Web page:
Chicago Inter-Ocean, August 11, 1874. It was strongly talked of, see? It was not the passing subject of gay badinage and persiflage, nor something obliquely alluded to in a manner that went over the heads of most. The talk of lynching was strong.
Atlanta Daily World, August 13, 1934. I’m not sure how these slayings add up to a poignant demonstration of the evils of common-law marriage. All of these couples could have parted ways without a divorce. Neither does this seem like a particularly “weird” assortment of murder weapons. I mean, what are you supposed to use to kill your non-husband? Read More »
San Francisco Chronicle, September 23, 1921. So like a woman: having married the slob, she sets about to change him.
, March 7 and 8, 1914 [click on images to enlarge]. The cartoon is by John T. McCutcheon, same guy who drew this one
. He seems to have had an enduring interest in the phenomenon of the unprosecutable female murder defendant. The defense attorney’s contention that a female jury would be easier and not harder on Stella C. is not supported by this previous posting on the subject.
But who knows?
Chicago Tribune, September 7, 1919. Trib cartoonist John T. McCutcheon touches on some of our favorite themes. But why no vampire autos, I wonder?! Read More »
San Francisco Chronicle, August 19, 1920. As we noted in earlier posts, Jazz Age wives could pretty much murder their husbands with legal and social impunity by copping what’s now called the abuse excuse. Our correspondent here is the rare individual who didn’t find this funny. I don’t see much hope for his plan of redress though. I’d sooner expect to see NOW campaigning for women’s right to register for the draft.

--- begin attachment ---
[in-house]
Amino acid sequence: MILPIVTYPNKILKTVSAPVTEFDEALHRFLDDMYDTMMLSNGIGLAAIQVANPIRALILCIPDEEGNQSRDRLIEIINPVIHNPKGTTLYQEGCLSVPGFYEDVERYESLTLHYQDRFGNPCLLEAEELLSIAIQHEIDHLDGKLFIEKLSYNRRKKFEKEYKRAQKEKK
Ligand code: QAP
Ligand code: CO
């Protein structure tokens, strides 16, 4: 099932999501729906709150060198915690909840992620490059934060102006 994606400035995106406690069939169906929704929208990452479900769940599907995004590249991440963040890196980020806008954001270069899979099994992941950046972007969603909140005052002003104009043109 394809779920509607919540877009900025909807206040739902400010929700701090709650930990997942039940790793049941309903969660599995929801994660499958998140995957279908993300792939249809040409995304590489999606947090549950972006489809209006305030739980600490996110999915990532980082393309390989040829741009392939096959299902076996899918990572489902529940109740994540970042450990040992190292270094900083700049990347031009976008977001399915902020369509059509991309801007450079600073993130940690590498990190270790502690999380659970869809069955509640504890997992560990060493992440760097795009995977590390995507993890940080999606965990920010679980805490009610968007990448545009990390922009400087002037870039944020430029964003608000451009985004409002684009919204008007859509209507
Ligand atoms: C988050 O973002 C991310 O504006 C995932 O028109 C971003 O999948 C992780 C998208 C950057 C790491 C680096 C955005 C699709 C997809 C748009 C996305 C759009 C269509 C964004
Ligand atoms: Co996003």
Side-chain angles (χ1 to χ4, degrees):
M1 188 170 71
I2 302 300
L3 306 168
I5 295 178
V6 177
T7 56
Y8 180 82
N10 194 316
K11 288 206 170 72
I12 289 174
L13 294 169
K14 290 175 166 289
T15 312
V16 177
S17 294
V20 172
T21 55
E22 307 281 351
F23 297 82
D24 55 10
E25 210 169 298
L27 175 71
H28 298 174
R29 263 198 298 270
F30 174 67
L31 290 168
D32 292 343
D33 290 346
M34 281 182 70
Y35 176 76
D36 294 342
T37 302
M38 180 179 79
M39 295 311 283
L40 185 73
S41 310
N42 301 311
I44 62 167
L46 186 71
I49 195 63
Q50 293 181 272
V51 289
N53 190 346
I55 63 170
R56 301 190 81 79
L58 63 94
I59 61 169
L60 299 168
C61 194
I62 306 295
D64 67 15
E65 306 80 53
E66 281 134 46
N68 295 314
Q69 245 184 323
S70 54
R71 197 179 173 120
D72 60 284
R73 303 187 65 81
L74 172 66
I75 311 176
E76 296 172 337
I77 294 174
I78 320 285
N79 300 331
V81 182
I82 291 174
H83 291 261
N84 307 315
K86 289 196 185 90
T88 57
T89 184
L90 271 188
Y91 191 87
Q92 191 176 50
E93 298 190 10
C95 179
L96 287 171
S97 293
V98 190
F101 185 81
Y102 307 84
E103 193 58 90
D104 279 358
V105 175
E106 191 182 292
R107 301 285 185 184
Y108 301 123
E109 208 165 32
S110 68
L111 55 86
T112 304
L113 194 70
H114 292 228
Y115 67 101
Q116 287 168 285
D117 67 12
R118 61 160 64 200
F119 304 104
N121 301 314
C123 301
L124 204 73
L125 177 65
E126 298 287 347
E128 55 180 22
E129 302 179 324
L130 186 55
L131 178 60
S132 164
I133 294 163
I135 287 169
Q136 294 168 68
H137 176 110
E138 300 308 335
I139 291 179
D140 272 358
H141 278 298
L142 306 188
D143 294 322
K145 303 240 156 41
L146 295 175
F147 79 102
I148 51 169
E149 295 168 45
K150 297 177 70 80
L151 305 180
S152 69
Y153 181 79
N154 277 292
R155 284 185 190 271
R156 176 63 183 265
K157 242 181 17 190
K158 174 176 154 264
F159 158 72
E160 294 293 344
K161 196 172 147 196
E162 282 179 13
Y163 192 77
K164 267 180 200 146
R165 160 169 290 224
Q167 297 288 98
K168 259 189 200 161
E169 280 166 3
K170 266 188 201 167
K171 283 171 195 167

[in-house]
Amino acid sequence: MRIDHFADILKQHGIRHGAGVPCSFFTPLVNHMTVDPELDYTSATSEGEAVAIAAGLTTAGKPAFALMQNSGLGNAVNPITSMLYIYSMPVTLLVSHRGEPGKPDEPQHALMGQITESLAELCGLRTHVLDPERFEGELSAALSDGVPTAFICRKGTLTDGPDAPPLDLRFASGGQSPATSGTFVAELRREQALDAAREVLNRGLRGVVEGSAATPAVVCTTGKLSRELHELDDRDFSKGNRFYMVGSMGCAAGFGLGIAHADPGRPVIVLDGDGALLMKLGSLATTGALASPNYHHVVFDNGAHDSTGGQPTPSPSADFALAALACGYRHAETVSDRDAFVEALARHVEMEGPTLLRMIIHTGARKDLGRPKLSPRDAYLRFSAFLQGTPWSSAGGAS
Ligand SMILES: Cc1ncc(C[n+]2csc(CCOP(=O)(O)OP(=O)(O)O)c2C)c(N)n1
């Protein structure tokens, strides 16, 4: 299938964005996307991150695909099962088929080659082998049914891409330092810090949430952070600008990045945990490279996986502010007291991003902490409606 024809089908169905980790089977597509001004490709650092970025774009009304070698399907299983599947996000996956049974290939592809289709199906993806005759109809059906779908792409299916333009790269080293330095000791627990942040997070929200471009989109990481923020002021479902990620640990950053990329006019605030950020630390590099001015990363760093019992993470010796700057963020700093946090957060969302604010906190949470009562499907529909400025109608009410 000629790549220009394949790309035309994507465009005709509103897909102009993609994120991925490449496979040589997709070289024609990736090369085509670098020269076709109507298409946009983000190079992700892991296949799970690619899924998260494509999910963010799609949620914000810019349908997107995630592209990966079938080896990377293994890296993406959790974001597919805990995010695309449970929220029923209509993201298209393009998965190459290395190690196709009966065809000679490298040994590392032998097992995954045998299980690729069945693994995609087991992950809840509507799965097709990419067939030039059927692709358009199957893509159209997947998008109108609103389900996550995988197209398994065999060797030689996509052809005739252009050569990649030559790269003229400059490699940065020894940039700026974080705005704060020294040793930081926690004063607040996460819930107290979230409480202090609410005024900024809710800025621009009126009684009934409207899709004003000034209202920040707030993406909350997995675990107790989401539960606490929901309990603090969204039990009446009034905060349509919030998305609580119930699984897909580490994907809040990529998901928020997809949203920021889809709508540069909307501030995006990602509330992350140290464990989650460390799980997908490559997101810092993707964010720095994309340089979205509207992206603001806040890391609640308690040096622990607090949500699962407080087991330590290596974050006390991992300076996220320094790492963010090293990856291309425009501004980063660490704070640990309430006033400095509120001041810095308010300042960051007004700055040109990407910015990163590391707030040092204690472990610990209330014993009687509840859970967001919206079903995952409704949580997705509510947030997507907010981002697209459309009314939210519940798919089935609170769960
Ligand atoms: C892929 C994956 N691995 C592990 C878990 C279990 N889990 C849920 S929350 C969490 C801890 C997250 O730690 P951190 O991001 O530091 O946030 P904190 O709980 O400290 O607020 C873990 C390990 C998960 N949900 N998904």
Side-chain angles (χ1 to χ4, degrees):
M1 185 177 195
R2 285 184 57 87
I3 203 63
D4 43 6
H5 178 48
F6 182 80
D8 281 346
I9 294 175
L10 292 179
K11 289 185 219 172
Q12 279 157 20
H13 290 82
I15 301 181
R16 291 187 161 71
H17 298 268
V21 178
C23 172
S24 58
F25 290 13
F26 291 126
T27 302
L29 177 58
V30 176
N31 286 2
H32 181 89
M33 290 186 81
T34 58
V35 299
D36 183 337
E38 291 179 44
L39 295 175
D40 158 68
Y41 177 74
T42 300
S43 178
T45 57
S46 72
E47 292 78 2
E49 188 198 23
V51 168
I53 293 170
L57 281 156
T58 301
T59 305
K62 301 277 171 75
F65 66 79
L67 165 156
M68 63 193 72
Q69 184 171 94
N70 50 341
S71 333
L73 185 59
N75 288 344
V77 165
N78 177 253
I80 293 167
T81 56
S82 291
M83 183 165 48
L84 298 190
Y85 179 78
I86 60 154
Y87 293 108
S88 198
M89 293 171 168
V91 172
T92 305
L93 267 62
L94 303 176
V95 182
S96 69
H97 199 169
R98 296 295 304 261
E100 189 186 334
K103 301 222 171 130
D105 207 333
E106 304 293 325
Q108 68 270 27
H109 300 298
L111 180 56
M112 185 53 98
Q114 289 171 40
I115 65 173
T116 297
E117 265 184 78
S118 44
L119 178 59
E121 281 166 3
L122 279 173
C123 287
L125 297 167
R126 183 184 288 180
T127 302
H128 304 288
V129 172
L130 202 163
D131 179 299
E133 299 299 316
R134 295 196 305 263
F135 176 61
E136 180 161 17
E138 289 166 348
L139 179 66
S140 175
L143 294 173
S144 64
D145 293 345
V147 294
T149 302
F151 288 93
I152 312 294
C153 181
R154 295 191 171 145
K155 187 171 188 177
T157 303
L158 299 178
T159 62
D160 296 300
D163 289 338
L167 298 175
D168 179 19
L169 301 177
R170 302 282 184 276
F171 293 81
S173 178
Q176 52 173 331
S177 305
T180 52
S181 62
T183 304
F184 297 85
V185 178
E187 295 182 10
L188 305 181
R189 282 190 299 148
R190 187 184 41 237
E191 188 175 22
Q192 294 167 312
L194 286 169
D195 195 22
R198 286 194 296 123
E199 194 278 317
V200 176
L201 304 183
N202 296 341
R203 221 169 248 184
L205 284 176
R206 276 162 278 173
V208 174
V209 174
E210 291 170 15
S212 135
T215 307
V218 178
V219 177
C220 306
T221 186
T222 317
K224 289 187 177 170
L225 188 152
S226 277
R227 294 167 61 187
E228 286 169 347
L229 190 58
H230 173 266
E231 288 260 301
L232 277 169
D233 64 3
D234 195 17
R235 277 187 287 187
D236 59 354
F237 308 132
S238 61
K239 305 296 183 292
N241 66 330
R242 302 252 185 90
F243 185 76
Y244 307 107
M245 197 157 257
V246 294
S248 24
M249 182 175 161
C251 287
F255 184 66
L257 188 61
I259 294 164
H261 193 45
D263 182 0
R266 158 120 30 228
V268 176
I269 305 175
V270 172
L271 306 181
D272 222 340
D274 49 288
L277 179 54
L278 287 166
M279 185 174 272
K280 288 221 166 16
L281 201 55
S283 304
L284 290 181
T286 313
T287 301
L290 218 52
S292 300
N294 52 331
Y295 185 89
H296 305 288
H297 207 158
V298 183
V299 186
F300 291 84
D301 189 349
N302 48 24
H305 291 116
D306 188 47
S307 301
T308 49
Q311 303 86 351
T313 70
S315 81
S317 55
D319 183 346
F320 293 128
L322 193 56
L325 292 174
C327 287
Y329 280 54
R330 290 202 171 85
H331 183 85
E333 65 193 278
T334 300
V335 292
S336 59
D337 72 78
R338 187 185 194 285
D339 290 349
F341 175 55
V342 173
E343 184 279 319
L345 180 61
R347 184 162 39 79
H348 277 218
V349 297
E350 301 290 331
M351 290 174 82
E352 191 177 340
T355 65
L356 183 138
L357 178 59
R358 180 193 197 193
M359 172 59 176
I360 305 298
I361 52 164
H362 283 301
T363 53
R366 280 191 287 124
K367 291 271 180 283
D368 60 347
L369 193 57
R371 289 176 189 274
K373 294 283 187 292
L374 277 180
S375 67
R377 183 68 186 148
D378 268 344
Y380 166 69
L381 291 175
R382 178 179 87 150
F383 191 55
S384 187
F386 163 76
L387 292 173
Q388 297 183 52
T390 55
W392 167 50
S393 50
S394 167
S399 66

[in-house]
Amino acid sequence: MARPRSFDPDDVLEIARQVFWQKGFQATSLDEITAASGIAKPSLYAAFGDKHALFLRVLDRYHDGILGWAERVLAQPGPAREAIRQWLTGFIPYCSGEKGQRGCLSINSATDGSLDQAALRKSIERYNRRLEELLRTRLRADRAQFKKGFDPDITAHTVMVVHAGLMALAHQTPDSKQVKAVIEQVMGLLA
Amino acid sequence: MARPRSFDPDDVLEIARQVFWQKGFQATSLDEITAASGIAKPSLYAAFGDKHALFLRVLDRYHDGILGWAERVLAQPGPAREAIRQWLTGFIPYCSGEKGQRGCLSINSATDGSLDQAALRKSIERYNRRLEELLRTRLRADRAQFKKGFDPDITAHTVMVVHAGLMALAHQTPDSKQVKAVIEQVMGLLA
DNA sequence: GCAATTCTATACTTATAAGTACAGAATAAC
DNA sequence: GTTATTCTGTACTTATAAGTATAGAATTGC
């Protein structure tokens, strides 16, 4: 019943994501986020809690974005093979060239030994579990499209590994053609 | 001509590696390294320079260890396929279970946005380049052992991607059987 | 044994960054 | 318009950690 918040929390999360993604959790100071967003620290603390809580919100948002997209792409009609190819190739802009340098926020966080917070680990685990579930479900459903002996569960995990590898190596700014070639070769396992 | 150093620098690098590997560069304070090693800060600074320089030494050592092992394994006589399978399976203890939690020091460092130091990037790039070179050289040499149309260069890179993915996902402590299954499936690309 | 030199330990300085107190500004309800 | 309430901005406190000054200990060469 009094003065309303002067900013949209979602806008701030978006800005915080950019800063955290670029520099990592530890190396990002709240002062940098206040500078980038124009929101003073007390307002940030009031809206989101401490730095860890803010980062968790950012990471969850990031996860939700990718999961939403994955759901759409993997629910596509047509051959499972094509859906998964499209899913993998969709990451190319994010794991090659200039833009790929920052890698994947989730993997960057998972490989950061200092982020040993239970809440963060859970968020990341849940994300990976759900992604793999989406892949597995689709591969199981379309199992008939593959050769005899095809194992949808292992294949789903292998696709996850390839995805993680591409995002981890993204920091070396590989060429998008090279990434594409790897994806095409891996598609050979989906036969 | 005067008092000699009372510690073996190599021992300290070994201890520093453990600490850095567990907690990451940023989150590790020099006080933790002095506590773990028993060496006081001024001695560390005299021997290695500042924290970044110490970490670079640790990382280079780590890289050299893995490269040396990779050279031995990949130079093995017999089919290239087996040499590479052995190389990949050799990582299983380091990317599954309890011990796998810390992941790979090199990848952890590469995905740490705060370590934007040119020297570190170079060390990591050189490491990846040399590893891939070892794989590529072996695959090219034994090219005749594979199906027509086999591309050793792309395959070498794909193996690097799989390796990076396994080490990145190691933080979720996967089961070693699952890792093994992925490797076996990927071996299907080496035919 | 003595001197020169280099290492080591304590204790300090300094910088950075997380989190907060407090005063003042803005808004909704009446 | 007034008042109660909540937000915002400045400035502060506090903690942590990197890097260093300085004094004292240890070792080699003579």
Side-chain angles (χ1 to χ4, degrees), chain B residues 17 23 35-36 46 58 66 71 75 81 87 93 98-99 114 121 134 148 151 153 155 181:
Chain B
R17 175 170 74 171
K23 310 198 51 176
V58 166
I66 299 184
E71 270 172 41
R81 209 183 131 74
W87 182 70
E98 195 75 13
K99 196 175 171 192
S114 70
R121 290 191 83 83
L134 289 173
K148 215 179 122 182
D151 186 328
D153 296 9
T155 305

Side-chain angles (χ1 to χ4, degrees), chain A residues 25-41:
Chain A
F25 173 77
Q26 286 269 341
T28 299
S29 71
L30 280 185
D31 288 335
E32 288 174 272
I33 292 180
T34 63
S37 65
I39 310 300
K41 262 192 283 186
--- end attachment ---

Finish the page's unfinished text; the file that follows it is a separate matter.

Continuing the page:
Detroit News, May 26, 1931. Serial murderers work so hard at what they do, but most of them simply fall down the memory hole regardless. As we shall see, this Margaret Summers gal was ultimately credited with at least a dozen killings, but who now remembers her name? Ah well, sic transit gloria mundi.
A few years ago, I wrote what I still think is a pretty funny profile of a bogus profiler of serial killers for the Chicago Reader. I thought I was scuttling her barge, but I still see this nutjob crop up in the media as an “expert” from time to time. Read More »
Detroit News, April 28, 1931. Basically I think the judge is telling her to go through the conventional legal channel of killing the old bastard and having a jury set her free.
Detroit News, March 25, 1931. Strikes me that the deathbed statement of an atheist should carry more and not less legal weight. The guy was sticking to his godless guns while staring eternity in the face, no?
Note that the “Negro” appended to Laura Wright’s name is intended to contextualize the whole scene. Had Wilbur not also been black, he would have identified as white. It was journalism’s equivalent to the “one drop” principle.
Detroit News, April 4, 1931. Mariticidal humor enlivened by reference to our “Bridge Widow”, Myrtle Bennett. Nevada had recently lowered its residency requirement for divorces to six weeks, the national norm being one year. That’s why Reno becomes Mecca for divorce-seekers. God knows how many husbands unwittingly dodged a bullet thanks to this vital social safety valve.